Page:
Last week, I came across a video of a conversation (link here) between some well-known Christian hip-hop artists. Their lively discussion turned to the dangers of social media and the effects it has on the human heart. Rapper Shai Linne surprised the group when he admitted that he felt convicted to unfollow the twitter feed of hip-hop sensation Lecrae. To Shai, the steady stream of updates from Lecrae’s high profile life (grammy nominations and all) stirred up a tinge of envy within his soul. Shai was quick to defend Lecrae and the unique influence God has given him within the hip-hop community. The problem wasn’t with Lecrae, the problem was with himself. In essence, Shai detected that his right eye was causing him to sin, so he plucked it out.
For many people, Facebook has become part of the DNA of their daily life offering an open window into the lives of others with its stream of pictures of happy people living happy ordinary lives. Though often undetected, the most faithful Christians can succumb to those seductive thoughts of envy via the Facebook effect. The problem isn’t with Facebook, the problem is with our envy-prone hearts; the fruit of which is an ungrateful heart toward God and a secret opposition towards those we envy.
I encourage Christians to ask themselves some questions before taking that daily swim in the sea of social media:
- What is my heart’s reaction to the blessings that others post on social media?
- Am I genuinely happy when my friends post pictures from their luxurious vacation or does it feed the demon of envy that is always anxious to find more fodder for discontentment?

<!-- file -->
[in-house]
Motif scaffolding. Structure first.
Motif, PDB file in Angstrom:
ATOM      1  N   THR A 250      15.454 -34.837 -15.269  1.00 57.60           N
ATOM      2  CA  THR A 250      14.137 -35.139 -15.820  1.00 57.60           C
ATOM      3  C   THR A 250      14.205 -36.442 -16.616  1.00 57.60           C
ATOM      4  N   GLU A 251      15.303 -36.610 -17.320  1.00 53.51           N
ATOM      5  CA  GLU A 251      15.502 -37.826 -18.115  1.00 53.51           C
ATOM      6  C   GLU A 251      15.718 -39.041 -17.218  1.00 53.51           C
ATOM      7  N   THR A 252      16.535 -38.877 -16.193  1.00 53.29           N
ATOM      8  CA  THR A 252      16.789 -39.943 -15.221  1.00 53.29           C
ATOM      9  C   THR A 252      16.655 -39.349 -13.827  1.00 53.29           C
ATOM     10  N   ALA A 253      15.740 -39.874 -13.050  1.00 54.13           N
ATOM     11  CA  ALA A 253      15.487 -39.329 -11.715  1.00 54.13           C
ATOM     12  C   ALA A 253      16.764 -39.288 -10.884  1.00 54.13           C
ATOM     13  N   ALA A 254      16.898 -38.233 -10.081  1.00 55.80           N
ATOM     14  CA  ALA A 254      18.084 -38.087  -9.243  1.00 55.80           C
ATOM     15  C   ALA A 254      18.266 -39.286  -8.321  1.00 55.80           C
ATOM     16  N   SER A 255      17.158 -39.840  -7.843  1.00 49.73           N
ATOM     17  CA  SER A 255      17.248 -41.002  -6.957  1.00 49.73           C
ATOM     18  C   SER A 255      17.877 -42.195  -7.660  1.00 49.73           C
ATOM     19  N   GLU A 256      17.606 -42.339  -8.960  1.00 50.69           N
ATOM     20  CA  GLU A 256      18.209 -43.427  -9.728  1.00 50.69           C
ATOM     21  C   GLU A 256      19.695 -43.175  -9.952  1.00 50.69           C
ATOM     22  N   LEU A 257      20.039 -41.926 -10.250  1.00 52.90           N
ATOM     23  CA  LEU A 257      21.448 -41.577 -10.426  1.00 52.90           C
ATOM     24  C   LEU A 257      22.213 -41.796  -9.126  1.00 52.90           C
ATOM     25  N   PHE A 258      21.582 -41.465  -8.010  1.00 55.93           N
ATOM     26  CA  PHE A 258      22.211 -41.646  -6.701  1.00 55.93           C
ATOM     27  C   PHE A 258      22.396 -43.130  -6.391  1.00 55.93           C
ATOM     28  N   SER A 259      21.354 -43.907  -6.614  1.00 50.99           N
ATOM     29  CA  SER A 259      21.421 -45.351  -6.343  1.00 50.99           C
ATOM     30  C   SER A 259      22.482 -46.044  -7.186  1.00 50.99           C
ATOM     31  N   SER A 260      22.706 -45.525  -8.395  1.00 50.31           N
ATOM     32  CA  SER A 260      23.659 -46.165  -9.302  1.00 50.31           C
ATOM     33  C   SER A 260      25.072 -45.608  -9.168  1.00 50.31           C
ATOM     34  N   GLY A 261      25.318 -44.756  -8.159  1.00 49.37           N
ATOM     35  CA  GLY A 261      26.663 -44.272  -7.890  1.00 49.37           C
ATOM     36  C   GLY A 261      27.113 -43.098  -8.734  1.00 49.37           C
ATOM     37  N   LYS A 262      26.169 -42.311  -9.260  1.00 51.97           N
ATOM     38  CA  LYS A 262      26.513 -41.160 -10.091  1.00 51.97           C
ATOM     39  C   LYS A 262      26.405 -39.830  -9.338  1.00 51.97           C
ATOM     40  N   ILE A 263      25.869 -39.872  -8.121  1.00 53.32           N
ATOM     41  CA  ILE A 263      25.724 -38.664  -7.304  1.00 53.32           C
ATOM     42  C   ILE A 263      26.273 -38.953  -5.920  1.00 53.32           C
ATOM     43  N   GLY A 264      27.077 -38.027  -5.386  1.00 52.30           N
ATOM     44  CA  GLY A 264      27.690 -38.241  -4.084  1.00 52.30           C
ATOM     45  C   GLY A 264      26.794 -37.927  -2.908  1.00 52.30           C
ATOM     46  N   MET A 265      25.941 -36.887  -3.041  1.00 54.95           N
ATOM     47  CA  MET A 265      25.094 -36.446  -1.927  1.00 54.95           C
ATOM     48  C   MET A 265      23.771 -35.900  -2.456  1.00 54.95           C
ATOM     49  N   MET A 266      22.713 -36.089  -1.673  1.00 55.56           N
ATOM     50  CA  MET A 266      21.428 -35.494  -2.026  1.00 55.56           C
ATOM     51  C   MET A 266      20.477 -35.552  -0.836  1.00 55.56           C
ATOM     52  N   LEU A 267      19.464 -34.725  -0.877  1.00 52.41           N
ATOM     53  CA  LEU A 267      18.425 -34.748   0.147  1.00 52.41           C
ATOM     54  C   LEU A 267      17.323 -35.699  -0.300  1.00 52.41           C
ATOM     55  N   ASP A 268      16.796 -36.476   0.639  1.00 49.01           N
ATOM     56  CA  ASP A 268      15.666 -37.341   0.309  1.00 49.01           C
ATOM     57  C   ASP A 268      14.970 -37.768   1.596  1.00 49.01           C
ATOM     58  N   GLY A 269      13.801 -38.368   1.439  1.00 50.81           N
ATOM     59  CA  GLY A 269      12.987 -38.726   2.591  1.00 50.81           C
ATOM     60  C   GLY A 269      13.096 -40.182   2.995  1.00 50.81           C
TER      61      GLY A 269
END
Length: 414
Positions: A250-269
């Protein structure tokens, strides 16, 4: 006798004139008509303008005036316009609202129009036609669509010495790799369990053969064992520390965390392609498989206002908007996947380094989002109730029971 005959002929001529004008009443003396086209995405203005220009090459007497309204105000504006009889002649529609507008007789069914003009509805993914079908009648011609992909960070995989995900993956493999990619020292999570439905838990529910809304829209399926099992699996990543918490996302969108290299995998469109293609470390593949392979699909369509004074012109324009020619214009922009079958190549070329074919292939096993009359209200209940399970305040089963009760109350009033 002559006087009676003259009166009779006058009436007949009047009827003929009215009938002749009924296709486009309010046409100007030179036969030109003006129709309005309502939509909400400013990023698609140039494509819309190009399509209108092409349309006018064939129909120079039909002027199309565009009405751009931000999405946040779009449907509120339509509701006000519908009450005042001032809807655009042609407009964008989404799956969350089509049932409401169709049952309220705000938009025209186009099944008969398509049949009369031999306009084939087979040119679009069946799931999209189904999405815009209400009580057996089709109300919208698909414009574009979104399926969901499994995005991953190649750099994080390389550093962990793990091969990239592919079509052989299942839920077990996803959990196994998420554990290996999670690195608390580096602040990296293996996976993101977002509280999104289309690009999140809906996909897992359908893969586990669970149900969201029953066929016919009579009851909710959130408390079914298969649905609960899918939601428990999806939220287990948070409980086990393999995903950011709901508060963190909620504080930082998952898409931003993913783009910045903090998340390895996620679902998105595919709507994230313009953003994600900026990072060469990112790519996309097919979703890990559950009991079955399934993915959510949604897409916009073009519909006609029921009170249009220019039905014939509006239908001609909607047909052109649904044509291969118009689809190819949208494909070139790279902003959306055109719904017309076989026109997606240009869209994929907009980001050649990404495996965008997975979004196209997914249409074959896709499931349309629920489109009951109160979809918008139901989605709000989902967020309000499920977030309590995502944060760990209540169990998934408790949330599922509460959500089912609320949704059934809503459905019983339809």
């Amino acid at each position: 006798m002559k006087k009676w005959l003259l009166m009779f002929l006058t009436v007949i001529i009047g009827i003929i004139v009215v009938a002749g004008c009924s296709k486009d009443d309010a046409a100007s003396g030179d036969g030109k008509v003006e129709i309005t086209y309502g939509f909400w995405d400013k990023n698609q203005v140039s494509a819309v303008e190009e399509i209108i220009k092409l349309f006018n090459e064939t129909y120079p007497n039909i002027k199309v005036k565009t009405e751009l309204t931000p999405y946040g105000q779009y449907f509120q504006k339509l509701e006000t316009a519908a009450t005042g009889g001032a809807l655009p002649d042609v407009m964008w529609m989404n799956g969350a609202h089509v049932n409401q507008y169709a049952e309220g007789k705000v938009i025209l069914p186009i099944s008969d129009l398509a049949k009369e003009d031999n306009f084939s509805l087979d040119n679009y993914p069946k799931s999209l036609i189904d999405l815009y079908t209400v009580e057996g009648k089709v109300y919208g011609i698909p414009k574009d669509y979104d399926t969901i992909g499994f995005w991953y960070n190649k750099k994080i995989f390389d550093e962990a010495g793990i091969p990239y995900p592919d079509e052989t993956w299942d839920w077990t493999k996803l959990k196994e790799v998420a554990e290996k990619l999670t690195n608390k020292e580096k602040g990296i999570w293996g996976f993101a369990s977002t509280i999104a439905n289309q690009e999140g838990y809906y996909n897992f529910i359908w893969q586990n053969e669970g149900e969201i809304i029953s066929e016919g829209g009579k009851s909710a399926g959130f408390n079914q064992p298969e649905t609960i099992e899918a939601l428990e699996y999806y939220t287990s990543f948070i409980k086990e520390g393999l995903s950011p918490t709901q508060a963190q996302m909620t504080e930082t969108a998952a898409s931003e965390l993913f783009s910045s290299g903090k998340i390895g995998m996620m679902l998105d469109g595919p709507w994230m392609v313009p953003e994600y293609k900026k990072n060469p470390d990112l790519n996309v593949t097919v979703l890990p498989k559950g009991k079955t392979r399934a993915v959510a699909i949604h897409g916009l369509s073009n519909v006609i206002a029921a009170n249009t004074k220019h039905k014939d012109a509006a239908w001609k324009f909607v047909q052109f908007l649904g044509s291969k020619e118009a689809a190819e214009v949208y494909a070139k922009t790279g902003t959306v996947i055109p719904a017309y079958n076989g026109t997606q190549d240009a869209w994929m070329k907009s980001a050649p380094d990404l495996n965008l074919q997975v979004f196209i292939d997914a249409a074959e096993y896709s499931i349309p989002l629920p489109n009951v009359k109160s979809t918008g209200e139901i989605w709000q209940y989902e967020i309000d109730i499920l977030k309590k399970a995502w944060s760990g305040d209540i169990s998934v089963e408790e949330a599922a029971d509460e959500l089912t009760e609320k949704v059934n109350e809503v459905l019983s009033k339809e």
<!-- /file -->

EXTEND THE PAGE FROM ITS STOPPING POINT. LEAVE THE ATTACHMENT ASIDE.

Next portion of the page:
- Do I use Facebook to compare my life with that of my Facebook friends?
If we hesitate to answer those questions, then perhaps it’s time to take a much-needed break from Facebook and give your soul some rest from the voluntary voyeurism.
Lastly, Proverbs 21:23 warns Christians to guard their mouths. In 2014, that warning applies to all forms of communication including and especially social media. Before posting, ask yourself this simple question:
- What is my motivation for posting this on social media?
If we’re being honest, some of our posts on Facebook are meant to lead others to believe the lie that our kids are better, our spouses are sweeter, and our lives are more fulfilling than reality presents us. Our Facebook page becomes the canvas upon which we paint the life we wish we really had and then we tempt others to believe that lie.
I’m not advocating that Christians abandon Facebook or any other form of social media. But I do want to encourage us to reexamine the soul-destroying effects of envy that often attach like leeches to our flesh as we scroll down the Facebook news feed.
Now if you’ll please excuse me, I need to post this blog on my Facebook page.